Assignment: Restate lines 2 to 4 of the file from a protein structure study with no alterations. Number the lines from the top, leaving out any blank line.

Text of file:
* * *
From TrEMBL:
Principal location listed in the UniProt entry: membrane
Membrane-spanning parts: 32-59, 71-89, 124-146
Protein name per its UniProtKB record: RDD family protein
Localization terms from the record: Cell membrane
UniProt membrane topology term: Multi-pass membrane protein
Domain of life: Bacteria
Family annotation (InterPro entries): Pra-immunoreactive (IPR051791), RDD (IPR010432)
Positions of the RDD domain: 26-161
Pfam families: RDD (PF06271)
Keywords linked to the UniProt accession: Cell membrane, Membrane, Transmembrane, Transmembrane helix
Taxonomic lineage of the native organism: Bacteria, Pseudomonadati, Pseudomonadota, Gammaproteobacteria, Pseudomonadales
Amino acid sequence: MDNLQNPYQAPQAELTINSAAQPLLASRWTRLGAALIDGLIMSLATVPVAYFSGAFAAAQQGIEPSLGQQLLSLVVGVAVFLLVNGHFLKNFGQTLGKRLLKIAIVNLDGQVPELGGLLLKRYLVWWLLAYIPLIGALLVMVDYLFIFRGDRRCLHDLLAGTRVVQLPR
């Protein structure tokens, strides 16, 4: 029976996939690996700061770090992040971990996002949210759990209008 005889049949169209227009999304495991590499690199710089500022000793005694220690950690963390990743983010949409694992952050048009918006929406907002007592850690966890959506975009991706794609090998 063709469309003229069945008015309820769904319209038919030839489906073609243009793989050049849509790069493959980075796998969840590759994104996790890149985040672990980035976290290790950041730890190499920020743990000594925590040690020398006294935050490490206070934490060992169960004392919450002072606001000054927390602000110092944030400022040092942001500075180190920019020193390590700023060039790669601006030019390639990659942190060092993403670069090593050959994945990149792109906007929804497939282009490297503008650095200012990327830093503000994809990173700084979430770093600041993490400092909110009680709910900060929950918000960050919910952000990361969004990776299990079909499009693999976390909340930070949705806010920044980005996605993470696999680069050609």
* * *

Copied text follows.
Principal location listed in the UniProt entry: membrane
Membrane-spanning parts: 32-59, 71-89, 124-146
Protein name per its UniProtKB record: RDD family protein